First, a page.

"Perplexing Period Piece"
(B, L, V, SS, N, A, D, M) Mild moral worldview about two married couples, including a rich father & his sheltered daughter, & an adulterous affair between their spouses that is painfully resolved, even though the mother-in-law, a younger woman, must lie to herself to go back to her husband; several mild obscenities & profanities; mild violence such as slapping & shoving people away; briefly depicted adultery during one afternoon of passion, but rather discreet for an R-rated movie; brief male nudity & female in underwear & a loosened dress; alcohol use; smoking; and, lying, manipulation & neglecting one’s spouse.
Based on the novel by Henry James, THE GOLDEN BOWL is the story of two marriages at the beginning of the 20th century caught in a web of secrets, lies, passion, and pride. Despite a mild moral worldview, THE GOLDEN BOWL seems to be missing some important story exposition and character development.
Based on a novel by Henry James and set mostly in the opulent social scene of England between 1903 and 1909, THE GOLDEN BOWL is the story of two marriages dangerously caught in a web of secrets, lies, passion, and pride. Nick Nolte stars as an American industrialist and billionaire art collector, Adam Verver, and his sheltered daughter Maggie, played by Kate Beckinsale of the upcoming PEARL HARBOR. Maggie falls in love and marries an Italian prince, Amerigo, played by Jeremy Northam. Before the Prince met Maggie, however, he and Charlotte, Maggie’s school friend, were in love, but had to part because they were too poor to marry each other.
Two years later, Maggie, Amerigo and their new baby seem to be happy living in Adam’s fabulous English estate in the country. Maggie feels, however, that she’s abandoned her father. So, she invites Charlotte, who’s played by Uma Thurman, to keep her father company while she and Amerigo use Adam’s money to refurbish Amerigo’s family estate. Charlotte, who’s still passionately in love with Amerigo, eventually marries Adam, figuring that she can then insinuate herself into Amerigo’s life once again. She does just that, which leads to an affair and, ultimately, some painful revelations that Maggie and Adam must resolve.
The point of this story may be missed on many viewers, including this one. THE GOLDEN BOWL seems to be missing some important exposition between the characters that may be in the famous novel by Henry James. The story jumps timeframes too quickly at times, which leaves the characters’ development perplexing, somewhat uninvolving and eventually unbelievable. For example, the movie does not show much of Amerigo and Charlotte’s previous love affair, or of Maggie and Amerigo pre-engagement relationship, so viewers never really see why these two women are willing to go to such lengths to hold onto this fellow, beyond his handsome features and his exotic background. Also, in the movie’s final resolution, it seems as if Charlotte must lie to both herself and Maggie in order return to her husband, who decides he must go back to America to oversee a huge museum he is building for his magnificent art collection. The filmmakers fail to provide adequate motivation for this development. They also don’t really explain how Maggie and Adam are able to tame the emotional Charlotte. They seem to mistake obscurity for subtlety, a fatal mistake to such an intricate, literary drama as this.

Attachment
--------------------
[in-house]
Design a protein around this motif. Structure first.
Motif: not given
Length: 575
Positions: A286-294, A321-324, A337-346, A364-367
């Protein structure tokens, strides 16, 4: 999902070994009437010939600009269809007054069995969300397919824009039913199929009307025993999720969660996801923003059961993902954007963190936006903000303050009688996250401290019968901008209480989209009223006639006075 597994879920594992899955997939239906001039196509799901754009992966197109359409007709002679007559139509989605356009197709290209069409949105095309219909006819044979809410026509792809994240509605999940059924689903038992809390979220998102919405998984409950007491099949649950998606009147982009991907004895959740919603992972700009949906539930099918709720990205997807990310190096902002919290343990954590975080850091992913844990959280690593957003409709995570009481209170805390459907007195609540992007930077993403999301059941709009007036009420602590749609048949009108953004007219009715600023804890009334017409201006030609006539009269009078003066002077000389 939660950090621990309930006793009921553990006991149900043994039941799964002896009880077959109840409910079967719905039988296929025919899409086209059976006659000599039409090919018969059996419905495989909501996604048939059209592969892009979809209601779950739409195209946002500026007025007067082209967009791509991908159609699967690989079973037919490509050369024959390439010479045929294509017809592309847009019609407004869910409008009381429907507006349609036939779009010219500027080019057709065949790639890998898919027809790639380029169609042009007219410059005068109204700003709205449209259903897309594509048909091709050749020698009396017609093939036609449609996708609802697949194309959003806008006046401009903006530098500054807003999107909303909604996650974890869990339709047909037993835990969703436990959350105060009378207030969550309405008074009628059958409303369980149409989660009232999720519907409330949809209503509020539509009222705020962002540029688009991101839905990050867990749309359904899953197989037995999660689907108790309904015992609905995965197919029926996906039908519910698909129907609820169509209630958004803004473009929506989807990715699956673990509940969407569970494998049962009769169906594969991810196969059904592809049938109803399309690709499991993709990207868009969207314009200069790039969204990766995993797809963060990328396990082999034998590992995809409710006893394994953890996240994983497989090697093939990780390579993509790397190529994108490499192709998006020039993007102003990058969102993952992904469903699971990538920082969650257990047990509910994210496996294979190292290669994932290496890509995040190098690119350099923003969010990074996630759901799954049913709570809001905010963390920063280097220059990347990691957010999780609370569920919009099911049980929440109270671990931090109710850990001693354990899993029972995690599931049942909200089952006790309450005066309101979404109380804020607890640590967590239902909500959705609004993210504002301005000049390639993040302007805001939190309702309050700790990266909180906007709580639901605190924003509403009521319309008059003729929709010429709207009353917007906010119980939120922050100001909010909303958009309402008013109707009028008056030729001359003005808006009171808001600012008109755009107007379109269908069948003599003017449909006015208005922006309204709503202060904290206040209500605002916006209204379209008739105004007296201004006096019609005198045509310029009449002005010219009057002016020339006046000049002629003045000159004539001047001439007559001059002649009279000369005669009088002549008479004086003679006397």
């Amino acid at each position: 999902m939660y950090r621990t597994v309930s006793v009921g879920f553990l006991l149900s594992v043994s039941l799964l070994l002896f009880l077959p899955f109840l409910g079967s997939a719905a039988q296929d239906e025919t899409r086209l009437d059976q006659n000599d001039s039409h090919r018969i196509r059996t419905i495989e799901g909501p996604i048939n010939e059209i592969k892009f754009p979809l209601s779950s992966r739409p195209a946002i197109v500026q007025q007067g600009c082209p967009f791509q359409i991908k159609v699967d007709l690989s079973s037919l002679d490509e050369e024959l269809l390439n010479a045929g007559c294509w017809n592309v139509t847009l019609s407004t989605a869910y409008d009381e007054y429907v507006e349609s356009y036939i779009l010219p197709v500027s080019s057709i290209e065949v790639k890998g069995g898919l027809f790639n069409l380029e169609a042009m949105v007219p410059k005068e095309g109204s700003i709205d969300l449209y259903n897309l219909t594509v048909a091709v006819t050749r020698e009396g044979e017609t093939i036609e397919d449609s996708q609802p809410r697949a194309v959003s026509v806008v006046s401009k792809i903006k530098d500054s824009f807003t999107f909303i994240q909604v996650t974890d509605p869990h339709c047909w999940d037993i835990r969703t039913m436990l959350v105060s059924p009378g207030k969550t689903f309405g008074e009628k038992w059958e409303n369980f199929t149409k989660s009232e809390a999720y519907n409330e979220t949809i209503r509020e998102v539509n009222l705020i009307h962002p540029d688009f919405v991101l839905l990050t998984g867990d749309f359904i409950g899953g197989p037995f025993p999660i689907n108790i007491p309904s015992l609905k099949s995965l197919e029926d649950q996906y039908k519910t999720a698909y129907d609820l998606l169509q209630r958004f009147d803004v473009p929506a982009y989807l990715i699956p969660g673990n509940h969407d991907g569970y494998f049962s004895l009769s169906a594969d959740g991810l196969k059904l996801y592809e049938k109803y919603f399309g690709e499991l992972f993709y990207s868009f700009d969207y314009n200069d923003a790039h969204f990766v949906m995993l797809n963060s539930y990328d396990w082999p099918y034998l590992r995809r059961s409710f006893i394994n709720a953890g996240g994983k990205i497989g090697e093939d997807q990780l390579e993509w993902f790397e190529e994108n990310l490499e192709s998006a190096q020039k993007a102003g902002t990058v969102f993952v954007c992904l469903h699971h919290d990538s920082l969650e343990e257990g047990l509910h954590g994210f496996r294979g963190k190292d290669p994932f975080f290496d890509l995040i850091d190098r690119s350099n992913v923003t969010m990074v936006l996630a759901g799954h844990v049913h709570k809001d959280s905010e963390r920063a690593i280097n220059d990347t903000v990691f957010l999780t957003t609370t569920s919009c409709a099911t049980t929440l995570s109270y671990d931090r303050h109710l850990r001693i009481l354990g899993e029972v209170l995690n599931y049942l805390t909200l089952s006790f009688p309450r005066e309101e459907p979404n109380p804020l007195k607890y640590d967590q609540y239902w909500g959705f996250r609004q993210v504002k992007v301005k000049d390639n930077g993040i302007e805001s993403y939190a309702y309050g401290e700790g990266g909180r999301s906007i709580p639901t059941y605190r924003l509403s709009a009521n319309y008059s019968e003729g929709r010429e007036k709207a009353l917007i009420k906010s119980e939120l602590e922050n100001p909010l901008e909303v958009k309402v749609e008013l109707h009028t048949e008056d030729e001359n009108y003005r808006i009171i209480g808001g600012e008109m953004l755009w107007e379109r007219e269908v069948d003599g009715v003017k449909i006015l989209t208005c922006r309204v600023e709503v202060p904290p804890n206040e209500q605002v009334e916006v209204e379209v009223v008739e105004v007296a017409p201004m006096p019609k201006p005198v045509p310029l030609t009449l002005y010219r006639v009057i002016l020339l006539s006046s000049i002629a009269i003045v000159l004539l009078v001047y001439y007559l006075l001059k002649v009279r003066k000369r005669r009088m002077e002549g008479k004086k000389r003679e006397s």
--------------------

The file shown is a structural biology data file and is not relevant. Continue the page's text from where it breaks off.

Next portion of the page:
Thus, THE GOLDEN BOWL does not have the dramatic punch or cohesion and solid characterization that THE HOUSE OF MIRTH, one of last year’s best period dramas, had. It does, however, contain a moral worldview. Amerigo eventually realizes his mistake. Regretting his affair with Charlotte, he tries to pour cold water on her passions, but it takes Maggie and Adam’s efforts to resolve the problem. For his part, Adam suffers quietly, not wishing to reveal the truth about Maggie’s husband’s affair with his wife, Charlotte, to his daughter Maggie, whom he loves and does not want to hurt. Regrettably, this means that Maggie finds out the shocking truth on her own. It also means that Maggie’s relationship with Amerigo and Adam’s relationship with Charlotte will always contain a flaw, like the flaw in the golden antique bowl which Maggie and Charlotte admire. The bowl becomes an important plot device as well as an apt metaphor for the flaws that all human beings share, not just the fictional ones in this story.
Based on the novel by Henry James, THE GOLDEN BOWL is the story of two marriages at the beginning of the 20th century caught in a web of secrets, lies, passion, and pride. A billionaire American industrialist marries a seductive American woman, his daughter’s school friend, and his daughter marries an Italian prince. Father and daughter eventually discover, however, that their spouses had an affair with one another before they married and have resumed that affair when the daughter spends time with her father, whom she feels she has abandoned for her husband. THE GOLDEN BOWL is missing some important exposition between the characters that may be in the famous novel by Henry James. The story jumps timeframes too quickly at times, which leaves the characters’ development perplexing and eventually unbelievable. For example, the movie does not show much of Amerigo and Charlotte’s previous love affair, or of Maggie and Amerigo pre-engagement relationship, so viewers never see why these two women are willing to go to such lengths to hold onto this fellow, beyond his handsome features and his exotic background. The movie includes a passionate scene between the two adulterous lovers in a hotel room